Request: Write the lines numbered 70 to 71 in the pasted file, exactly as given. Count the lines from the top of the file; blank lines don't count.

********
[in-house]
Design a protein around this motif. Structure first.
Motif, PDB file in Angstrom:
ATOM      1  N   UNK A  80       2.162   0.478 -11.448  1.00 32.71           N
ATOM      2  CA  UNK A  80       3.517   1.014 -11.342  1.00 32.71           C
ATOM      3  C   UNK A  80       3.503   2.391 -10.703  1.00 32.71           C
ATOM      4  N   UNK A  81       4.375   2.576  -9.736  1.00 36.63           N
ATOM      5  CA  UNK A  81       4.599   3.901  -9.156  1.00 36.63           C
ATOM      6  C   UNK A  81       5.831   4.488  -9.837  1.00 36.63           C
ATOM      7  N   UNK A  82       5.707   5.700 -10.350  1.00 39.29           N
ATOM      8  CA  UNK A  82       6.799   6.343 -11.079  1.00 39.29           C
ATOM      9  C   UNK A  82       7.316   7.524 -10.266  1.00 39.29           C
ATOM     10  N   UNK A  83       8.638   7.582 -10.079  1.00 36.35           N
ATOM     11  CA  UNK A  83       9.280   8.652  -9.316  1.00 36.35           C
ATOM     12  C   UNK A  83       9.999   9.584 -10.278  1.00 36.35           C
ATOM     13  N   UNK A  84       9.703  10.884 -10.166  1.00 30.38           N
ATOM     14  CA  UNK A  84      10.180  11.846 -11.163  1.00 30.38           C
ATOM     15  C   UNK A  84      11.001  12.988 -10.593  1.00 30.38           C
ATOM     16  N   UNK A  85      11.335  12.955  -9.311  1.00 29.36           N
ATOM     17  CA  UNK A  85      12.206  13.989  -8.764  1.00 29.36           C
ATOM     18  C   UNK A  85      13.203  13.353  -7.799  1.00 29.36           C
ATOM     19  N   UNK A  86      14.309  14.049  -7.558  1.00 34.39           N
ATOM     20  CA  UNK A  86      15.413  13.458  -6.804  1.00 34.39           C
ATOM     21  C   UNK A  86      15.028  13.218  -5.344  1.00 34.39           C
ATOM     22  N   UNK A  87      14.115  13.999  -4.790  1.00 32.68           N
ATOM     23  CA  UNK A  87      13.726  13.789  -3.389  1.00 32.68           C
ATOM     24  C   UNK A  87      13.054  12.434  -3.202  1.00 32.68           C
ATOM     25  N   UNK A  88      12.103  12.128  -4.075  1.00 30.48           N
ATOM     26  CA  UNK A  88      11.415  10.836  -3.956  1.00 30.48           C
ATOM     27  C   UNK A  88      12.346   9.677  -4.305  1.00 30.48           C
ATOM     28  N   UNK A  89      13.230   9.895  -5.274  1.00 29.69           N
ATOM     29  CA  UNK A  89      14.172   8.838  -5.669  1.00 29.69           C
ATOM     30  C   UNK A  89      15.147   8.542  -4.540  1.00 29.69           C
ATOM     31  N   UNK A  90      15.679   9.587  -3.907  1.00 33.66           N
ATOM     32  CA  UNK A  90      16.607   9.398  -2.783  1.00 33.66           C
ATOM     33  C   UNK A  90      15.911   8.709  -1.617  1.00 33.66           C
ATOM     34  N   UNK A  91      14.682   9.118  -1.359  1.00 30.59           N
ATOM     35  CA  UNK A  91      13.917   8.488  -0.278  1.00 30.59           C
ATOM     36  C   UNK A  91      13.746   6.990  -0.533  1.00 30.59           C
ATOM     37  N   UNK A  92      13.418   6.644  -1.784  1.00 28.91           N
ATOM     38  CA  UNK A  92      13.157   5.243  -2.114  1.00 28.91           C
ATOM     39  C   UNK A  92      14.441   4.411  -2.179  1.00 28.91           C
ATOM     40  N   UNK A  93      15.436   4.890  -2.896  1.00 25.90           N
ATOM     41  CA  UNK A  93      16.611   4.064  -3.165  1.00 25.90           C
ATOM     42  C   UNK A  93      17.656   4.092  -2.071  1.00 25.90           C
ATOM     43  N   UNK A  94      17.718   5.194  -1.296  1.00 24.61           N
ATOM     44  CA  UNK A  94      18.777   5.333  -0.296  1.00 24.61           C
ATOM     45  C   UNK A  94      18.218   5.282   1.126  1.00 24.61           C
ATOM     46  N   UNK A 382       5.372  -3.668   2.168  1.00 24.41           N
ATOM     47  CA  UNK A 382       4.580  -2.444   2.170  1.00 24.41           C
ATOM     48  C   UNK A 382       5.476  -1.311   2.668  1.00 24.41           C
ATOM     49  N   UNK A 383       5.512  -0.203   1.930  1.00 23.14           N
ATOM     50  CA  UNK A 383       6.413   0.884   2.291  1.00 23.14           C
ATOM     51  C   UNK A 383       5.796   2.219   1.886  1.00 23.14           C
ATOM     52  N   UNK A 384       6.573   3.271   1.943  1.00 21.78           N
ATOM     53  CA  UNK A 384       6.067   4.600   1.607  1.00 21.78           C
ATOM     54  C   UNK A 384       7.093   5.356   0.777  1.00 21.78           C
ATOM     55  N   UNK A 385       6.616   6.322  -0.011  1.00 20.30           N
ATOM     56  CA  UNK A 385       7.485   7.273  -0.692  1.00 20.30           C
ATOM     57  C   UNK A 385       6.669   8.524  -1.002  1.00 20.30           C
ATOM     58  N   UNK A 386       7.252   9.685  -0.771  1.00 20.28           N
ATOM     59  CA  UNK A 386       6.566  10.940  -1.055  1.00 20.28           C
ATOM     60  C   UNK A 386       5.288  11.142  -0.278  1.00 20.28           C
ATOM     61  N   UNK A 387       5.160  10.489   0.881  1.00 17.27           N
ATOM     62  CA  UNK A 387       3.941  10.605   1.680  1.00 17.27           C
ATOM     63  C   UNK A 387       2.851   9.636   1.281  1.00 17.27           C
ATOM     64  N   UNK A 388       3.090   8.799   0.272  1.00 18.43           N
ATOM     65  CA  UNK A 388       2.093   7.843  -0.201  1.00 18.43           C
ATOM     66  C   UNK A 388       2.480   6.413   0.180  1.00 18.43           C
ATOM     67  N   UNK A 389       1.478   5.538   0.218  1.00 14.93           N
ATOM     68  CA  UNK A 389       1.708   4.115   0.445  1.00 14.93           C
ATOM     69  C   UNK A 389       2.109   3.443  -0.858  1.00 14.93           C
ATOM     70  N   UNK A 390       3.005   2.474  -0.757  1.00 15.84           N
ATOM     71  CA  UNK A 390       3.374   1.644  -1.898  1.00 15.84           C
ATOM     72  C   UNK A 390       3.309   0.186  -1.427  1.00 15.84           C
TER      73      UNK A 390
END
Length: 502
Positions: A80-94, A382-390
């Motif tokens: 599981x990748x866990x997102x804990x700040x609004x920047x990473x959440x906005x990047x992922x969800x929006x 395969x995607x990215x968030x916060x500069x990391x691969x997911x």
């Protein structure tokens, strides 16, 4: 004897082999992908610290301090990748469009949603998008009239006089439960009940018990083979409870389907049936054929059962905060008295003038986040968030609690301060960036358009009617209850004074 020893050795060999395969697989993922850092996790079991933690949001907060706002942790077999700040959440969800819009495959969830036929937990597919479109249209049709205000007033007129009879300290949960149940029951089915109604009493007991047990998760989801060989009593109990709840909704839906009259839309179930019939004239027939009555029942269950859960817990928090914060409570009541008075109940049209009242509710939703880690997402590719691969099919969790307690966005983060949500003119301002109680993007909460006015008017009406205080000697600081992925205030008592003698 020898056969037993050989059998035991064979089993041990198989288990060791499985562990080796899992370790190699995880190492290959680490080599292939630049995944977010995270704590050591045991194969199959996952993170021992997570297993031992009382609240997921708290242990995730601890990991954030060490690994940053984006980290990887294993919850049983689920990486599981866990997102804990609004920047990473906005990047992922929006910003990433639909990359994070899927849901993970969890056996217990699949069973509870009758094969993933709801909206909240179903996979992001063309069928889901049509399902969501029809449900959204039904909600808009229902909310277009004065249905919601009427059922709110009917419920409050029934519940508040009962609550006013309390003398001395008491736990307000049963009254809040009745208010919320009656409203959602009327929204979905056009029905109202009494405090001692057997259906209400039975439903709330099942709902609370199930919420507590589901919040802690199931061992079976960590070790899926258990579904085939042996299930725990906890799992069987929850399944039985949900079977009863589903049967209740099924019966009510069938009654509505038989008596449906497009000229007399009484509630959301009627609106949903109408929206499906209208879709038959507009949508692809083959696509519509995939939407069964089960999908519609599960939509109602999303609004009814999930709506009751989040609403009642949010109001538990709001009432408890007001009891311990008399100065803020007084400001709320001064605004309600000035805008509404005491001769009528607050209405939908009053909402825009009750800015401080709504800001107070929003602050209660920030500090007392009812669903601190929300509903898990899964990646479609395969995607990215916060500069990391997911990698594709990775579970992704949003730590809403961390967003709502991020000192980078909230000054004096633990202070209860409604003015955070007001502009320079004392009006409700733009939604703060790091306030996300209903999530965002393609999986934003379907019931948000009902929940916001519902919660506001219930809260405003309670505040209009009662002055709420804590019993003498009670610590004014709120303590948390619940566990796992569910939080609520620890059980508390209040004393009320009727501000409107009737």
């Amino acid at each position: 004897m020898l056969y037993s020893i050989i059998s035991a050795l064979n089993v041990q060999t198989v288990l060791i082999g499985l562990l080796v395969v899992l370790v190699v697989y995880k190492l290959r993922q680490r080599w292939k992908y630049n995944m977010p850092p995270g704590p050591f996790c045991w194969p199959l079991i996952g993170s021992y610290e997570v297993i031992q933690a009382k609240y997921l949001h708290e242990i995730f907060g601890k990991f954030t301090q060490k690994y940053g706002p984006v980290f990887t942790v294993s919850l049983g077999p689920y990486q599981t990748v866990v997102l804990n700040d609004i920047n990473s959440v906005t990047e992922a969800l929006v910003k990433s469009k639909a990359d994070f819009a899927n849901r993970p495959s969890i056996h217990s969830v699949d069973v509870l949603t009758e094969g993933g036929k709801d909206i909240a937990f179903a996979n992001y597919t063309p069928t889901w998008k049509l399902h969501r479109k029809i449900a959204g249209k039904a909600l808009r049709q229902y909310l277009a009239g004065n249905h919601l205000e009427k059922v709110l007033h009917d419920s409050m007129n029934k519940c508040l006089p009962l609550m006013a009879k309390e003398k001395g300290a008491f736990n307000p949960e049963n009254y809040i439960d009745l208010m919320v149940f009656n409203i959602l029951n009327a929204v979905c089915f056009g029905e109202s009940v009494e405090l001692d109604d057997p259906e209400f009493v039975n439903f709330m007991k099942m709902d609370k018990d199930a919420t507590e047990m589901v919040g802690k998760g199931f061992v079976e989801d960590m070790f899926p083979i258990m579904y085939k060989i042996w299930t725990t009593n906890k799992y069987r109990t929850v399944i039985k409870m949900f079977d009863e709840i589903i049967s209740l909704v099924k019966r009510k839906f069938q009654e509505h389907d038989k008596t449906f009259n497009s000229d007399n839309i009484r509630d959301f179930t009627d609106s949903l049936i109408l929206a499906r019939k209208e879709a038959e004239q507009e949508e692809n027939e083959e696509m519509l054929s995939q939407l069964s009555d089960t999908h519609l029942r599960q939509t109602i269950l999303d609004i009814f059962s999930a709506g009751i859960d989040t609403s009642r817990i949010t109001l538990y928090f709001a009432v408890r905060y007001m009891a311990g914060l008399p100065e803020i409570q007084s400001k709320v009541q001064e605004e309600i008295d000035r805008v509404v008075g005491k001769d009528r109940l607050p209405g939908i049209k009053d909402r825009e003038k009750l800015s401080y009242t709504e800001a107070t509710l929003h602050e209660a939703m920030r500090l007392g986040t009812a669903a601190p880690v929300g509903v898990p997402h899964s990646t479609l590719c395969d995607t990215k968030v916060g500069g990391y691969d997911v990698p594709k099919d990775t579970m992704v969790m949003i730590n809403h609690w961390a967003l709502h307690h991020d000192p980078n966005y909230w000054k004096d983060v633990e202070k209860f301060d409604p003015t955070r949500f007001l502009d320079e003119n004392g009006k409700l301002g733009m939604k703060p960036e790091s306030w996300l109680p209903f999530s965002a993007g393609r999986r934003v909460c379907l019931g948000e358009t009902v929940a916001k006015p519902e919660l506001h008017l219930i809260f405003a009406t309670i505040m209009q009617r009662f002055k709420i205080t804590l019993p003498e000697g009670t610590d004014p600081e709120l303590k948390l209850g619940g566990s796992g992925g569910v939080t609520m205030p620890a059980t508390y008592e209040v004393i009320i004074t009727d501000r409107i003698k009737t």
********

ATOM     67  N   UNK A 389       1.478   5.538   0.218  1.00 14.93           N
ATOM     68  CA  UNK A 389       1.708   4.115   0.445  1.00 14.93           C